Calling a turning point in a market is a risky thing to try and do, but when it comes to property sales there is now compelling evidence that the market is warming up again following some of the slowest sales months of the last decade.
Leveraging multiple sources of data provides robustness to this prognosis:
1. Website visitor activity in line with 2007 despite earlier fall off
The level of visitor sessions from domestic browsers to a basket of real estate websites has shown a tenacious attraction – defying the doomsayers of the media. Averaging around 325,000 sessions per week, this is pretty much line-ball with this time last year when the pace of the market was considerably more active. The graph below tracks this basket of 6 websites through 2006/ 2007 / 2008. The post earlier in the year sited the striking coincidence between the timing of extensive media coverage by prophesiers of a property crash and the fall off in traffic to these websites back in late February early March, a position from which a more stable level of engagement has followed.
2. Inventory is reducing whilst sales volumes are plateauing
The inventory of residential properties on the realestate.co.nz website is falling – July saw inventory of homes for sale fall from an April peak of 65,716 to just 60,150. This is the 3rd straight month of inventory falls. The sales volumes for the same period have been pretty stagnant at around 4,350. There tends to be a lag effect between listings inventory movements and sales of between 1 and 2 months in most cases. The July sales figures from the REINZ showed an unseasonal increase from June (July is normally the lowest sales month of the year). The graph below tracks the inventory and sales per month from October 2006; it is very clear the turning point of July 2007 when sales started stalling and inventory started rising.
3. Enquiry for properties is increasing
The number of email enquiries forwarded to real estate agents from realestate.co.nz on behalf of interested buyers has grown markedly as can be seen from the graph below. The graph tracks comparable enquiries on a seasonally adjusted basis over the past 18 months with the period since May showing a marked upturn.
Now the key point in this collective analysis is market liquidity, there is no inference for property prices. The current analysis provided by the Real Estate Institute’s sales and median price data up to July show the median price stagnant in the range $340,000 to $350,000 a position it has held now for over 16 months with the exception of just 3 of those months. Does this tell us that property prices are definitely holding their own or has the sales decline so significantly altered the mix that the median can remain static whilst underlying prices change? – I don’t propose to attempt to predict prices.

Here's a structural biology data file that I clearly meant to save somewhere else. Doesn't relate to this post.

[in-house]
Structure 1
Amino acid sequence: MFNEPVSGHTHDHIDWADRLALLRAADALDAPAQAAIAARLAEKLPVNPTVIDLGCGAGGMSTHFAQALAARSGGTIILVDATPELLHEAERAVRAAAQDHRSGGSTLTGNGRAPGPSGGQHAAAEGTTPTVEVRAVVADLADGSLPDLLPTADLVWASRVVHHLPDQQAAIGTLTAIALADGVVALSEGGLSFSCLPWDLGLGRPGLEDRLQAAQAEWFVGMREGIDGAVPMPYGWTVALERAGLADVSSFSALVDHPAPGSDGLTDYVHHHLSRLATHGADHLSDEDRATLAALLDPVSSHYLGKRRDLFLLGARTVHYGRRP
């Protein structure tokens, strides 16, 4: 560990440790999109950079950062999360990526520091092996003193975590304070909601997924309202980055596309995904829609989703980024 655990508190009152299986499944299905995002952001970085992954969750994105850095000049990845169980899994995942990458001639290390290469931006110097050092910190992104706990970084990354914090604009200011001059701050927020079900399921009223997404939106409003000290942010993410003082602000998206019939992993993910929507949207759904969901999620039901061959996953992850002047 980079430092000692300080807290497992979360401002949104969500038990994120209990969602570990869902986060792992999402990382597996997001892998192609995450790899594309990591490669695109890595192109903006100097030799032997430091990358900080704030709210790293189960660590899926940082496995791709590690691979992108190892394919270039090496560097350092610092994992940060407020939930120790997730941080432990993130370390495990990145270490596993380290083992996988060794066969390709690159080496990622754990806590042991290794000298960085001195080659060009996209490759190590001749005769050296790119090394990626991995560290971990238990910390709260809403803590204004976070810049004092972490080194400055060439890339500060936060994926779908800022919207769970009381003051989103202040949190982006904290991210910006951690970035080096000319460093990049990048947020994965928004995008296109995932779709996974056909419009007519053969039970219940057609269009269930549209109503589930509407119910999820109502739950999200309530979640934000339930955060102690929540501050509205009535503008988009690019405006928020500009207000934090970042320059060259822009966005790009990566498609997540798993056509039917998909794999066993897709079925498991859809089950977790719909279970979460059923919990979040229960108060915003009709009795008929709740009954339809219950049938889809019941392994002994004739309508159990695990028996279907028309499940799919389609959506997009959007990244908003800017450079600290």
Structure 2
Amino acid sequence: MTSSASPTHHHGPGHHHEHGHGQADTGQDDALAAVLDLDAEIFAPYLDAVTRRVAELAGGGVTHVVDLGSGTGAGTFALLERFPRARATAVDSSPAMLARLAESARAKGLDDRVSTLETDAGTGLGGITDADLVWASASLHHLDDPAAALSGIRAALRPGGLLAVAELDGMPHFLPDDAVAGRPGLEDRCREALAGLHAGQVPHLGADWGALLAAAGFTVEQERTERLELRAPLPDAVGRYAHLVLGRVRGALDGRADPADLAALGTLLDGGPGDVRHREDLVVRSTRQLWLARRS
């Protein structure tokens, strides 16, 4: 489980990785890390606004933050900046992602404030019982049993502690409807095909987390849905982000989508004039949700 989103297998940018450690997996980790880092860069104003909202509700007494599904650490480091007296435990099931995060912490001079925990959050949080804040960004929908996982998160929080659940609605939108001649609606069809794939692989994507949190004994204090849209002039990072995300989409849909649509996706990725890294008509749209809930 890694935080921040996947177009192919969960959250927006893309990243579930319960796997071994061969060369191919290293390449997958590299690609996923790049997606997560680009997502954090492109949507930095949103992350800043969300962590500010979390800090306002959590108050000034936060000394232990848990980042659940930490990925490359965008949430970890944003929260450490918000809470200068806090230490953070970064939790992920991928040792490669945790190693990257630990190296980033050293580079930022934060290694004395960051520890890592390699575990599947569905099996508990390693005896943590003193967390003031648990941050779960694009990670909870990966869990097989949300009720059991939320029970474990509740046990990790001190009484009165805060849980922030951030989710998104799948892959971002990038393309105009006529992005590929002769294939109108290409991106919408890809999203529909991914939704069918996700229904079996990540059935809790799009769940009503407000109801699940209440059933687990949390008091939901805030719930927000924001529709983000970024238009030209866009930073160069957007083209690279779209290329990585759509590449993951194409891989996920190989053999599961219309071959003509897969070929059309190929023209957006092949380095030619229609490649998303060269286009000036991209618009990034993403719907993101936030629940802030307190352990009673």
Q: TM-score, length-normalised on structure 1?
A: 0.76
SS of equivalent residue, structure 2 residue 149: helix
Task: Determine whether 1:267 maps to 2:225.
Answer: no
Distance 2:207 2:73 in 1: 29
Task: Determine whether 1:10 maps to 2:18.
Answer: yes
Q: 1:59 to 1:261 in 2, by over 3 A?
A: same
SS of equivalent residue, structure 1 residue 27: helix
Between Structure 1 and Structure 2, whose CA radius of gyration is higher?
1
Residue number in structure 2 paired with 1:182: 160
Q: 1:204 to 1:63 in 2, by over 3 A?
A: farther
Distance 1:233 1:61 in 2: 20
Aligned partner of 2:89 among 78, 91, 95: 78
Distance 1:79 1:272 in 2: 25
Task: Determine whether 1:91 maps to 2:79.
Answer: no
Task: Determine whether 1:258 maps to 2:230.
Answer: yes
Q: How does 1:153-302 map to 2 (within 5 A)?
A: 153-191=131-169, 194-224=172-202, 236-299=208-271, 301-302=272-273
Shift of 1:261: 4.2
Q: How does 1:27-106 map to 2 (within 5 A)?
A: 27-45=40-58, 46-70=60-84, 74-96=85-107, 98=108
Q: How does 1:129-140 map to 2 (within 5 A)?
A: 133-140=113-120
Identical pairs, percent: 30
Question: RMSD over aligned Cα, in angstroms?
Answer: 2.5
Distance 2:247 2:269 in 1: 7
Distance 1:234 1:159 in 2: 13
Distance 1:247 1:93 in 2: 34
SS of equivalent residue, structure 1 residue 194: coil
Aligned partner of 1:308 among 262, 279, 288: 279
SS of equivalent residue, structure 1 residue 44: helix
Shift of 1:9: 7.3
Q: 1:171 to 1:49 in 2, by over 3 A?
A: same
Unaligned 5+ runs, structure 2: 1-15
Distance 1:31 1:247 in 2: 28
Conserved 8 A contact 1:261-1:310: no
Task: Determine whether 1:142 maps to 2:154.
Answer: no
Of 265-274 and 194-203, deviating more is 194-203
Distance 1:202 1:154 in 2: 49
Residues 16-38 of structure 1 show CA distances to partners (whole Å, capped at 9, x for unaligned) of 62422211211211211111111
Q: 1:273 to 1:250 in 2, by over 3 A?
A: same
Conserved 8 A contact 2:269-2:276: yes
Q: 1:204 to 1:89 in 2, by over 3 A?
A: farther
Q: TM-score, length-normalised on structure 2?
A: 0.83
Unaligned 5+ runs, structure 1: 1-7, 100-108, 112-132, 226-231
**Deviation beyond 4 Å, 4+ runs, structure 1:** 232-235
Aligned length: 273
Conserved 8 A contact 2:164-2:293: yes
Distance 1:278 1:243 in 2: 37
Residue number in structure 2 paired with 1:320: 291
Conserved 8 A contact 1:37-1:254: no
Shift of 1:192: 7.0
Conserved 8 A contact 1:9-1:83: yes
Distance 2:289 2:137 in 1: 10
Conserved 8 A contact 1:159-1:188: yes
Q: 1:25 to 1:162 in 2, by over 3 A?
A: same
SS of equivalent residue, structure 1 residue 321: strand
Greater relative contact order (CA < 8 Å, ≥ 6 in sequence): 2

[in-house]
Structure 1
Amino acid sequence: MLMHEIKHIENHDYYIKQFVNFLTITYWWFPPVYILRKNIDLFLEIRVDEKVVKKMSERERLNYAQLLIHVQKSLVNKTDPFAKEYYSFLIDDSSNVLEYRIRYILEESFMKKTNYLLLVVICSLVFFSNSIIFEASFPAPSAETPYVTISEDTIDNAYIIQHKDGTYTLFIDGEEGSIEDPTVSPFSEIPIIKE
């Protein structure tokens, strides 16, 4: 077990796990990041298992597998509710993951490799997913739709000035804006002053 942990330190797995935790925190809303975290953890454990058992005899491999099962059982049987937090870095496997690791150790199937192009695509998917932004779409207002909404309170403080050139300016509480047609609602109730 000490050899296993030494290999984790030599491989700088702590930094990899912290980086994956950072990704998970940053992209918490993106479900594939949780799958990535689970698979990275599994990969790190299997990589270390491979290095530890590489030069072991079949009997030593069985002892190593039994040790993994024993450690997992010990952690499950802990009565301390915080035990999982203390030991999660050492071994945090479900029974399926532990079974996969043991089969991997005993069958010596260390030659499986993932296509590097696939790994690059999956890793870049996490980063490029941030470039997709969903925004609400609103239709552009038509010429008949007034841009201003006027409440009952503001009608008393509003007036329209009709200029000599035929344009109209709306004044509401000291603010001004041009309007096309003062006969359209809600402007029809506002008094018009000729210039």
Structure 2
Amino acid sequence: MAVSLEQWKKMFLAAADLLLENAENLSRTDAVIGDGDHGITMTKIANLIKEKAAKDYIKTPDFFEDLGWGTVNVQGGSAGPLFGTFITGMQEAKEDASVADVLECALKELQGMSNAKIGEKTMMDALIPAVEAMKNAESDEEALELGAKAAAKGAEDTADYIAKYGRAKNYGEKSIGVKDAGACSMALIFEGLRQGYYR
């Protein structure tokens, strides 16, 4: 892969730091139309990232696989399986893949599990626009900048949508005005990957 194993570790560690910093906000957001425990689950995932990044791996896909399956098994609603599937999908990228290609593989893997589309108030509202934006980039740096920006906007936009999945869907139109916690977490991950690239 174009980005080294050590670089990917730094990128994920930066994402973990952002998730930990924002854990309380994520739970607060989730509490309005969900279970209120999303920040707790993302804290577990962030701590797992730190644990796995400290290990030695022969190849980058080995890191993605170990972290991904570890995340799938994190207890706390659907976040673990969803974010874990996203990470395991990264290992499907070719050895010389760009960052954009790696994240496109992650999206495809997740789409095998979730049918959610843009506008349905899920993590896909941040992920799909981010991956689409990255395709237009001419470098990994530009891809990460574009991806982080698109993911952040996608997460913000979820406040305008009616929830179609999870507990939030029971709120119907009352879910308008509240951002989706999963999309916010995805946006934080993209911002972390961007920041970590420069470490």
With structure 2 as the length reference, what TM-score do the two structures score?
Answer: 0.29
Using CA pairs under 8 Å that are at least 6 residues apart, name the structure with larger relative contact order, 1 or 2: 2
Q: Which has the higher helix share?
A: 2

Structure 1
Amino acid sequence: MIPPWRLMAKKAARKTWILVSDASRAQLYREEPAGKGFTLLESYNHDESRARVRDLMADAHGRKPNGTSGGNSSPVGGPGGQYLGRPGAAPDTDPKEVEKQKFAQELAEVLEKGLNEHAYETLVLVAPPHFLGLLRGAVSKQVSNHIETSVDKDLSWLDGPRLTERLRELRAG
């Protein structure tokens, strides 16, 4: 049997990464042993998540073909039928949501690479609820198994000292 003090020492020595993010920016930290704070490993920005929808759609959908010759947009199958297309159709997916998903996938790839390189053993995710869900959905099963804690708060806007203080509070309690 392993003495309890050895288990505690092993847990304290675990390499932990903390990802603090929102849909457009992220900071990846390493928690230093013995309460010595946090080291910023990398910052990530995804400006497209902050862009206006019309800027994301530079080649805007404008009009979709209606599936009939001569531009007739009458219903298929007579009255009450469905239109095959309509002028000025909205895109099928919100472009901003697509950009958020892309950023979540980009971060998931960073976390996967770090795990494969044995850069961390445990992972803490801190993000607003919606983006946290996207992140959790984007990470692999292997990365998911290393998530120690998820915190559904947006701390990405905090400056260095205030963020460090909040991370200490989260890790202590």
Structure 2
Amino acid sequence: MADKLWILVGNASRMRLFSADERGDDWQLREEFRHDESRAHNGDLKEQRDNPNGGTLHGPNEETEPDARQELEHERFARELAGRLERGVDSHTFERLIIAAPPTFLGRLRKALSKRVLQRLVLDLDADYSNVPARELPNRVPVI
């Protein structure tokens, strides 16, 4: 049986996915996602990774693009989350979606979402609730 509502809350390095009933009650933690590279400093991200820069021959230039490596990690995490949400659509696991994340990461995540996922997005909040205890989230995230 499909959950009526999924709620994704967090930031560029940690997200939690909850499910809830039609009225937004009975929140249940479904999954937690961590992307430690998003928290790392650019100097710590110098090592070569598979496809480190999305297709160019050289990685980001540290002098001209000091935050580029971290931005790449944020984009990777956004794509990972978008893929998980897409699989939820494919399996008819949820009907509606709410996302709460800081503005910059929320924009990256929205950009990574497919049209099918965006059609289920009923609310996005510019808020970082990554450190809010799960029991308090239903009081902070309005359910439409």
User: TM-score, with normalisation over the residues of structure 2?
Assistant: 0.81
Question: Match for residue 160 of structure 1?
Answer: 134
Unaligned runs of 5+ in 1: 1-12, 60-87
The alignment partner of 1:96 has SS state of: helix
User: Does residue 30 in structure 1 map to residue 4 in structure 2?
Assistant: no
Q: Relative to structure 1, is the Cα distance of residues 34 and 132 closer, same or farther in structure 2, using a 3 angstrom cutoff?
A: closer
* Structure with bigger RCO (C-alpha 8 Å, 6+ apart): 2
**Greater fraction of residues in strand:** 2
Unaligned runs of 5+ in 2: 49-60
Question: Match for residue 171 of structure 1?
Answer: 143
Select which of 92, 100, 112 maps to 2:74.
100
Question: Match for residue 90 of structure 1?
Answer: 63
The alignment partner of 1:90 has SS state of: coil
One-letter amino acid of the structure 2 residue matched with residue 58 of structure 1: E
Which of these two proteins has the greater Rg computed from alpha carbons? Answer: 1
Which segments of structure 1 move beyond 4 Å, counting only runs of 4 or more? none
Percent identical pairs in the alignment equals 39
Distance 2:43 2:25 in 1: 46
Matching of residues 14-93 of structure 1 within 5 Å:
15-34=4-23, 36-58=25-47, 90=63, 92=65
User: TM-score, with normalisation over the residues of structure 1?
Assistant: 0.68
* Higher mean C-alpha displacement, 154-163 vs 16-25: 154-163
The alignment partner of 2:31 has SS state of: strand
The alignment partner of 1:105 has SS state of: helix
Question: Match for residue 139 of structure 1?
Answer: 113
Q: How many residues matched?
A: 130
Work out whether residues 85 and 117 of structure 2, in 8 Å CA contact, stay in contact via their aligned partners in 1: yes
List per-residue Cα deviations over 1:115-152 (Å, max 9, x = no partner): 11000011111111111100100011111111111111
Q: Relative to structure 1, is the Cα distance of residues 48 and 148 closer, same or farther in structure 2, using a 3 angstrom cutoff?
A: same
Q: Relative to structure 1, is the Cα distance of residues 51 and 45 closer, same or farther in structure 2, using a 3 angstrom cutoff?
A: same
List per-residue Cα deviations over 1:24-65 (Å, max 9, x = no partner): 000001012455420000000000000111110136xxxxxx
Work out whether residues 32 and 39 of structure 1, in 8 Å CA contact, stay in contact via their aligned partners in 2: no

Finally I would add one more validation to this premise that the market is active, far more active than the most recent 4 month period. That validation comes from an economist – Tony Alexander who in his BNZ weekly overview of the 14th August commented:
“The REINZ reported this week that there were 4,489 dwellings sold around New Zealand in July. This was a decrease of 33% from a year earlier which sounds fairly shocking. But it’s actually the weakest annual rate of decline since February and in seasonally adjusted terms sales in the month improved by roughly 5% after rising 9% in June.
Sales activity appears to have been at its most depressed levels over the months of March, April, and May but since then there has been some greater matching up of the dreams of buyers and the hopes of sellers and hence an improvement in turnover.”
Further he commented in regard to pricing
“..it’s interesting to see that still there is no evidence prices are pulling back to any significant degree. The median dwelling sale price for the entire country in July was $340,000. This was exactly the same as the median price in June and down by only 1.4% from a year earlier
For the moment we think the results for June and July indicate a pulling back from the scenarios some people are peddling involving prices falling 30%. Heck, even in the United States prices have “only” declined 19% over a two-year period and they experienced massive bad bank lending to people who should never have been given a sniff of mortgage money in the first place at low teaser interest rates of 2%. Nothing remotely approaching that has happened in New Zealand and we know many people got a very unpleasant surprise over the past three years when they went to their bank expecting to get 100% financing and found their income was not high enough to qualify.”
As a final cautionary note he states:
” ..it would be equally wrong to believe there is anything remotely smelling like an upturn just around the corner.”
” So the interpretation we invite people to take from these latest numbers is merely a pulling back from an ugly brink but not the end of the downward slope or even visual confirmation of the bottom in the near distance”.
My take on this as a summary would be that I think we can expect the traditional lift in sales and interest in the market that spring usually brings but not necessarily at the kind of levels we’ve seen in recent years, hence why I say an upturn in the market is imminent. Just to ensure that I temper any implied over enthusiasm, the analogy I would use to describe this warming of the market is the kind of slow and steady warmth you apply to frostbitten body-parts to avoid amputation!